Gallstones tests
Gallstones

Tests could include:

  • An abdominal film, also known as an abdominal X-ray, helps doctors assess potential problems in your abdomen-particularly in your spleen, stomach, and intestines. Your doctor may perform this procedure to help detect a particular condition such as...
    Source:HLCMS
  • A CT scan is a type of X-ray that can show cross-sectional images of a specific area of the body. The machine circles the body and sends the images to a computer, where they are viewed by a technician. Each picture is viewed as a cross-section of ...
    Source:HLCMS
  • An MRI, which stands for magnetic resonance imaging, is a type of noninvasive test that uses magnets and radio waves to create images of the inside of the body. Unlike a CT scan, an MRI uses no radiation and is considered a safer alternative. The ...
    Source:HLCMS
  • ERCP is a test used to look for and treat abnormalities in the pancreas, bile ducts, and gallbladder. ERCP is an abbreviation for “endoscopic retrograde cholangiopancreatography.” ERCP is a combination of two different types of tests: ...
    Source:HLCMS
  • Oral cholecystogram is an X-ray examination of the gallbladder. The gallbladder is an organ located in the upper right-hand side of your abdominal cavity. Your gallbladder stores bile, a fluid that aids digestion. "Oral" refers to the oral medicat...
    Source:HLCMS
  • Ultrasound scans use high-frequency sound waves to capture images and video. This helps doctors view portions of the body's interior without making an incision. Just as sonar and radar help the military detect planes and ships, ultrasound helps do...
    Source:HLCMS
  • A computerized tomography scan (CT or CAT scan) is a series of cross-sectional X-ray images of your body. CT scans are used to examine your bones and soft tissues for damage or abnormalities. Often, these images can be combined to create a 3D pict...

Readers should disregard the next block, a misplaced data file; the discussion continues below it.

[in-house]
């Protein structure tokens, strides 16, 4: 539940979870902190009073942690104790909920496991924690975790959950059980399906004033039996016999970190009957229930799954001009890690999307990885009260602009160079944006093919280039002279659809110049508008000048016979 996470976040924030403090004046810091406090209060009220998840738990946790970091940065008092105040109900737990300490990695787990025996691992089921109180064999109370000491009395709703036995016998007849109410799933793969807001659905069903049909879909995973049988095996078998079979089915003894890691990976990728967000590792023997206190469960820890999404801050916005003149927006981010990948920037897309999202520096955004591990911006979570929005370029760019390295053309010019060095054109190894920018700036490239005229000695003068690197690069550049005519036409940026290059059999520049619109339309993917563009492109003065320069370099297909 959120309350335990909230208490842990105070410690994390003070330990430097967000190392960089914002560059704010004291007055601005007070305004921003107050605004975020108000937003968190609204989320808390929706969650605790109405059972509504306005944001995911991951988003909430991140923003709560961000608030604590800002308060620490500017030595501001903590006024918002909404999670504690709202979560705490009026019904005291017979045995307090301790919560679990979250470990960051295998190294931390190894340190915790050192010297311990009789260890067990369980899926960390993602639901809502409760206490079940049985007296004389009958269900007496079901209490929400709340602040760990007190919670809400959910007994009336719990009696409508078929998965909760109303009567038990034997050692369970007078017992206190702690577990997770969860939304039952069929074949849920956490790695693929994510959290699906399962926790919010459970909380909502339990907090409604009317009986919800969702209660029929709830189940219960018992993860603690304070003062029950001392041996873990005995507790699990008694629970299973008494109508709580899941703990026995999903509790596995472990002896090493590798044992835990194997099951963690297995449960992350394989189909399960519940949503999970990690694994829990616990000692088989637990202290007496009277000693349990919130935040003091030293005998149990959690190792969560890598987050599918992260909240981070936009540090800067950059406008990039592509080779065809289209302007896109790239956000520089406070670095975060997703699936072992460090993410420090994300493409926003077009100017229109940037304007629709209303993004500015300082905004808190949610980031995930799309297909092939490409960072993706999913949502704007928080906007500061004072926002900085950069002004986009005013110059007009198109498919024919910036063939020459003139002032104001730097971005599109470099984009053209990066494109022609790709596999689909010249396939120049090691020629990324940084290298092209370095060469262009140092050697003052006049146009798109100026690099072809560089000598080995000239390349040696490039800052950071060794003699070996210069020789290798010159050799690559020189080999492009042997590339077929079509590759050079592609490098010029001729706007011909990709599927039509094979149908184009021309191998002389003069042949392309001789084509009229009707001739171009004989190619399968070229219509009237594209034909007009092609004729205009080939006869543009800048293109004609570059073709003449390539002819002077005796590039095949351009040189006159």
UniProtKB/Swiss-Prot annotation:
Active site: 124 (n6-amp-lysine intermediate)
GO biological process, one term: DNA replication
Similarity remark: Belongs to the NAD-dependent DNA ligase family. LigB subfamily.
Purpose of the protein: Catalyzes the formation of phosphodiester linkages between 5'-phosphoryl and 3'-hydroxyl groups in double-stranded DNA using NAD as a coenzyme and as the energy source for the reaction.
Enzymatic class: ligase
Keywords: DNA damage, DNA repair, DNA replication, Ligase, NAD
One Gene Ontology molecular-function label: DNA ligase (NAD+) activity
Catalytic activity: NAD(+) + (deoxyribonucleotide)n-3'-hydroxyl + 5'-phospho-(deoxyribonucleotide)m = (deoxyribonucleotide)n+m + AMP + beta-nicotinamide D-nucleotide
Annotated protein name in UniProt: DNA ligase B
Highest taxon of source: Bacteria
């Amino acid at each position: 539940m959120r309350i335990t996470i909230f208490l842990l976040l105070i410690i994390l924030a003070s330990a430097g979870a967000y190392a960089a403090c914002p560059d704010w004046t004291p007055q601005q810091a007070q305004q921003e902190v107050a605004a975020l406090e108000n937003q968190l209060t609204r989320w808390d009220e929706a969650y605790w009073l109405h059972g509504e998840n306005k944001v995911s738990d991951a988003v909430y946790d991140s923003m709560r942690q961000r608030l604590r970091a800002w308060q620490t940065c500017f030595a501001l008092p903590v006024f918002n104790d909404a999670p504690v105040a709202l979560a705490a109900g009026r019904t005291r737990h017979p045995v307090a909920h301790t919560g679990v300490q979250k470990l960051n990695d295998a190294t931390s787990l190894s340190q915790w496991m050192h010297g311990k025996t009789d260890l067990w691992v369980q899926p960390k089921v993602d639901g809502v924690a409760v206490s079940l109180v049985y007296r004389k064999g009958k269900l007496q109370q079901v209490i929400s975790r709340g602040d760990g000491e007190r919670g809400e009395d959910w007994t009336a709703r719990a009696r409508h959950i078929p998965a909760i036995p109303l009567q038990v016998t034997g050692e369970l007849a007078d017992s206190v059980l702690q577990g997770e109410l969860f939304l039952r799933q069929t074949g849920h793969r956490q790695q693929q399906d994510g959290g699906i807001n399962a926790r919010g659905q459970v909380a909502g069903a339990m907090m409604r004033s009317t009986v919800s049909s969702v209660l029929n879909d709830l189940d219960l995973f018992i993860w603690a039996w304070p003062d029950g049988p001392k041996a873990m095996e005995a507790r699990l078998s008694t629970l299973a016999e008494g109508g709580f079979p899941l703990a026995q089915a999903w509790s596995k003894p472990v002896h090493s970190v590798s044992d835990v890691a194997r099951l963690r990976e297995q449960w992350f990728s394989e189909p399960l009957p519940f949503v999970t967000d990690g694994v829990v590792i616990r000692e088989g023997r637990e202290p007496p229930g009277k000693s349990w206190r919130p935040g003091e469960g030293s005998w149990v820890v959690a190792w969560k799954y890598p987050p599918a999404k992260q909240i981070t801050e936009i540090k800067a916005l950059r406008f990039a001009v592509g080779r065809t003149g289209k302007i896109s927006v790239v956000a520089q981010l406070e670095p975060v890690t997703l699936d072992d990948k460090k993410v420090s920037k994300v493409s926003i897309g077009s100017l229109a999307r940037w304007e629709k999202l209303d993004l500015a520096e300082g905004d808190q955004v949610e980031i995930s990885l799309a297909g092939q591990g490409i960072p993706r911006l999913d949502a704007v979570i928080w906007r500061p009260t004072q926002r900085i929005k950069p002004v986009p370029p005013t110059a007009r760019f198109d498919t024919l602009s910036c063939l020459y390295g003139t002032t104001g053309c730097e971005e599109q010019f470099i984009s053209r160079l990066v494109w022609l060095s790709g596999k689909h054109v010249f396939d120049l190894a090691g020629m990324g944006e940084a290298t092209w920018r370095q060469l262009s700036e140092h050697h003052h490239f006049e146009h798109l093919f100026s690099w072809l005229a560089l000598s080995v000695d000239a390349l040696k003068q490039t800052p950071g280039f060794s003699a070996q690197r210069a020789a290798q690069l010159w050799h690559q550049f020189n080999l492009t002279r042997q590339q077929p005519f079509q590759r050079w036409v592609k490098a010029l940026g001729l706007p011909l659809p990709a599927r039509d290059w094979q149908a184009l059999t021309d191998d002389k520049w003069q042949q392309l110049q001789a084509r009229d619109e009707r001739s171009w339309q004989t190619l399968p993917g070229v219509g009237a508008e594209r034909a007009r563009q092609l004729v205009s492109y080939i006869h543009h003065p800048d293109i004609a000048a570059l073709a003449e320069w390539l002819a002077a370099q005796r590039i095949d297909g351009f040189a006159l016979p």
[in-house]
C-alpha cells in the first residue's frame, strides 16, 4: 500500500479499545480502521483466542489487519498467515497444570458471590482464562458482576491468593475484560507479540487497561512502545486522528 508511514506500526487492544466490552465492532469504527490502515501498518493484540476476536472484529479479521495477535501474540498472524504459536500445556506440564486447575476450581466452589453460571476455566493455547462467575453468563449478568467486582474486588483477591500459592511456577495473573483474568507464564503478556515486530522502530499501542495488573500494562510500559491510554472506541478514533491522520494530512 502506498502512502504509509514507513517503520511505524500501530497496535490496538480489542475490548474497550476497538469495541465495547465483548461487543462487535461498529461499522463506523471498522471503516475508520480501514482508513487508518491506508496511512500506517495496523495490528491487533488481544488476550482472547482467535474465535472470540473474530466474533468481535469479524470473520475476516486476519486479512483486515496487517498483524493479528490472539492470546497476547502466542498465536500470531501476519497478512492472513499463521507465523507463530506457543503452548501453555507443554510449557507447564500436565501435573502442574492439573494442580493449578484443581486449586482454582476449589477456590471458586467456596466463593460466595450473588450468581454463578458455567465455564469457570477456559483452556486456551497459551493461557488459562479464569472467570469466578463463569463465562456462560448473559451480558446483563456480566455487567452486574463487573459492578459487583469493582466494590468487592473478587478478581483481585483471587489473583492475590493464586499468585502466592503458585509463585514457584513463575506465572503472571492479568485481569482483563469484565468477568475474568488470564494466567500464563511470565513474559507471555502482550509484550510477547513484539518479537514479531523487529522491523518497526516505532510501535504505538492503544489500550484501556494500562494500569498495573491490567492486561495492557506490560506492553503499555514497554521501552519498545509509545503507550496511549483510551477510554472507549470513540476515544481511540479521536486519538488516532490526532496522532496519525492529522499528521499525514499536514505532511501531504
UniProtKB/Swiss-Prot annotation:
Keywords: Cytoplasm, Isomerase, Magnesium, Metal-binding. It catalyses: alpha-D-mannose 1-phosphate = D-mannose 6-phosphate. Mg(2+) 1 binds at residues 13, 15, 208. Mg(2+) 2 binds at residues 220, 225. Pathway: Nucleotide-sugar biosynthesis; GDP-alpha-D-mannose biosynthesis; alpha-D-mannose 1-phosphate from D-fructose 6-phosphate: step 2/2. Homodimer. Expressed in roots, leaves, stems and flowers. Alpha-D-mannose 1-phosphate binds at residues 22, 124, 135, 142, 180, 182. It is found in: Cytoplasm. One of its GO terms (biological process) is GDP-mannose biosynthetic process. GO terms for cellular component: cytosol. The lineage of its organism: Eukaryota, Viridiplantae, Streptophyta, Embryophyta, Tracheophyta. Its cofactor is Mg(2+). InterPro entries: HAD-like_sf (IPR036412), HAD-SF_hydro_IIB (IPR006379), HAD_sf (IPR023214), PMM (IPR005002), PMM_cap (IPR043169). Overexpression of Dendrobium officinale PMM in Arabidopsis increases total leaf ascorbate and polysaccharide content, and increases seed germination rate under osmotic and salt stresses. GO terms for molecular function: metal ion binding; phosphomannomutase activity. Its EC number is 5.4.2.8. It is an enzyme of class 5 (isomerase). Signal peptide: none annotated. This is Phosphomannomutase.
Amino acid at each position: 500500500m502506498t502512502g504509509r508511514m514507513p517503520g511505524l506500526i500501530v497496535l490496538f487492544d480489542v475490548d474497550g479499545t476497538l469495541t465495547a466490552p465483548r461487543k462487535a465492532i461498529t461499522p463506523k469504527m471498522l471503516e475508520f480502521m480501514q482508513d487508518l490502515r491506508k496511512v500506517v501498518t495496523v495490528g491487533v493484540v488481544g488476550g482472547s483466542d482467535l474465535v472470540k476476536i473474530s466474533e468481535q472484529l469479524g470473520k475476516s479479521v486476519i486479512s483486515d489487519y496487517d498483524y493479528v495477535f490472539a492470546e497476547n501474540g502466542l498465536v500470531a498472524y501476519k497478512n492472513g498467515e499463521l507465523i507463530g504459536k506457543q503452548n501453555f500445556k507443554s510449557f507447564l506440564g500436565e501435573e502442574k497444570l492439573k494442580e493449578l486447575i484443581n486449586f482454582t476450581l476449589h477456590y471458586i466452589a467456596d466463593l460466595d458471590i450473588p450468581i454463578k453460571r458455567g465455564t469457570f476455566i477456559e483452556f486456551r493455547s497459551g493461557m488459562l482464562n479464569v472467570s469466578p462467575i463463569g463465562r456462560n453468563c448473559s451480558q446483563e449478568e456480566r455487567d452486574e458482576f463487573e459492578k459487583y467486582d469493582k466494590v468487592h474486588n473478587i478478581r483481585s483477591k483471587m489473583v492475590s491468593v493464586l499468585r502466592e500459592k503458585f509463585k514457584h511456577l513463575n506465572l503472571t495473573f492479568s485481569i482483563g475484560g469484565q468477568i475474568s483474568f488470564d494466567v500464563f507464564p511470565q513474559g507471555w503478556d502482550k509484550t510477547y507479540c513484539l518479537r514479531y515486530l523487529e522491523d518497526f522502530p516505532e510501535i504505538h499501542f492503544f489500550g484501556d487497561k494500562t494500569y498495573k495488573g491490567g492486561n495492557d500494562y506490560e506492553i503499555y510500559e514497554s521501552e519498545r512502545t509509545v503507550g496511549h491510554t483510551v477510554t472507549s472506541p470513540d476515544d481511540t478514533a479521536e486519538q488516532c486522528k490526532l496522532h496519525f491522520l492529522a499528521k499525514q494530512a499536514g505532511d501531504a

Source:HLCMS
  • A magnetic resonance imaging (MRI) scan is a noninvasive test that uses magnets and radio waves to create images of the inside of your body. It allows doctors to see details of your organs and tissues without having to make any incisions. Accordin...
    Source:HLCMS
  • An ultrasound scan is a medical test that uses high-frequency sound waves to capture live images from the inside of your body. The technology is similar to that used by sonar and radar, which help the military detect planes and ships. An ultrasoun...
    Source:HLCMS
  • Liver function tests help determine the health of your liver by measuring levels of proteins, enzymes, or bilirubin in your blood. Many tests can be performed on the liver, but most of them do not measure the overall function of the liver. The mos...
    Source:HLCMS
  • A kidney, ureter, and bladder (KUB) study is an X-ray procedure that assesses the organs of the urinary system and gastrointestinal system.
    Source:HLCMS
  • A gastric emptying scan, also known as a gastric emptying study or test, is an exam that uses nuclear medicine to determine how fast food leaves the stomach.
    Source:HLCMS
  • An X-ray is a common imaging test that allows doctors to view the inside of your body without having to make an incision. X-rays are waves of electromagnetic radiation that are absorbed differently by different tissues. Bones absorb them well beca...
    Source:HLCMS
  • An extremity X-ray is an X-ray image taken of your extremities (your arms, legs, hands, wrists, feet, ankles, shoulders, knees, or hips). An X-ray is a form of radiation that passes through your body and exposes a piece of film, forming an image o...
    Source:HLCMS
  • The rotator cuff is a group of four muscles and tendons that help stabilize the shoulder and aid in movement. Rotator cuff strains or tears are caused by overuse or acute injury. Repetitive lifting can put you at risk.
    Source:HLCMS
  • An X-ray is a common imaging test that has been used for decades to help doctors view the inside of the body without having to make an incision. The X-ray was made public in 1896 with an image of the hand of anatomist Albert von K├Âliker. In the hu...
    Source:HLCMS
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